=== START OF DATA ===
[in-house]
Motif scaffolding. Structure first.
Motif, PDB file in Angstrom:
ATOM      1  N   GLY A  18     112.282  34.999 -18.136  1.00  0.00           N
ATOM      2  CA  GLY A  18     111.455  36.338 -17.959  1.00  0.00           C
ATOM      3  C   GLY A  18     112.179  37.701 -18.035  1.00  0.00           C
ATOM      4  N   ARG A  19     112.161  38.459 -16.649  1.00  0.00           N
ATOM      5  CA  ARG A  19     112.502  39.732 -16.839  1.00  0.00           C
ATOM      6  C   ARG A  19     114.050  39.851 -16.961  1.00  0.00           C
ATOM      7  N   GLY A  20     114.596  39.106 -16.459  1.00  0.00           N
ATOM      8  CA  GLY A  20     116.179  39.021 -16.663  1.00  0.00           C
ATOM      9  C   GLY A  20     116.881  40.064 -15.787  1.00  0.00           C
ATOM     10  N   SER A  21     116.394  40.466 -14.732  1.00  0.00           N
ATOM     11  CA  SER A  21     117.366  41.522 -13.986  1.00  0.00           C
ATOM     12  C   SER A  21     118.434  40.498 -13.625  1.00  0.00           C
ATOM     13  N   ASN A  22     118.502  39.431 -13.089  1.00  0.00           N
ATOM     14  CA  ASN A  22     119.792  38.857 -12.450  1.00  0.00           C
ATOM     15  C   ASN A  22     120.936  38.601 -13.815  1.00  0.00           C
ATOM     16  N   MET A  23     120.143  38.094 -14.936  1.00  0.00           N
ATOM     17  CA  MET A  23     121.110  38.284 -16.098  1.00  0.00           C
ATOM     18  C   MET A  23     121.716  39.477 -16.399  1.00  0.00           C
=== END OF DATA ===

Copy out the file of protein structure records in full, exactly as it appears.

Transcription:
[in-house]
Motif scaffolding. Structure first.
Motif, PDB file in Angstrom:
ATOM      1  N   GLY A  18     112.282  34.999 -18.136  1.00  0.00           N
ATOM      2  CA  GLY A  18     111.455  36.338 -17.959  1.00  0.00           C
ATOM      3  C   GLY A  18     112.179  37.701 -18.035  1.00  0.00           C
ATOM      4  N   ARG A  19     112.161  38.459 -16.649  1.00  0.00           N
ATOM      5  CA  ARG A  19     112.502  39.732 -16.839  1.00  0.00           C
ATOM      6  C   ARG A  19     114.050  39.851 -16.961  1.00  0.00           C
ATOM      7  N   GLY A  20     114.596  39.106 -16.459  1.00  0.00           N
ATOM      8  CA  GLY A  20     116.179  39.021 -16.663  1.00  0.00           C
ATOM      9  C   GLY A  20     116.881  40.064 -15.787  1.00  0.00           C
ATOM     10  N   SER A  21     116.394  40.466 -14.732  1.00  0.00           N
ATOM     11  CA  SER A  21     117.366  41.522 -13.986  1.00  0.00           C
ATOM     12  C   SER A  21     118.434  40.498 -13.625  1.00  0.00           C
ATOM     13  N   ASN A  22     118.502  39.431 -13.089  1.00  0.00           N
ATOM     14  CA  ASN A  22     119.792  38.857 -12.450  1.00  0.00           C
ATOM     15  C   ASN A  22     120.936  38.601 -13.815  1.00  0.00           C
ATOM     16  N   MET A  23     120.143  38.094 -14.936  1.00  0.00           N
ATOM     17  CA  MET A  23     121.110  38.284 -16.098  1.00  0.00           C
ATOM     18  C   MET A  23     121.716  39.477 -16.399  1.00  0.00           C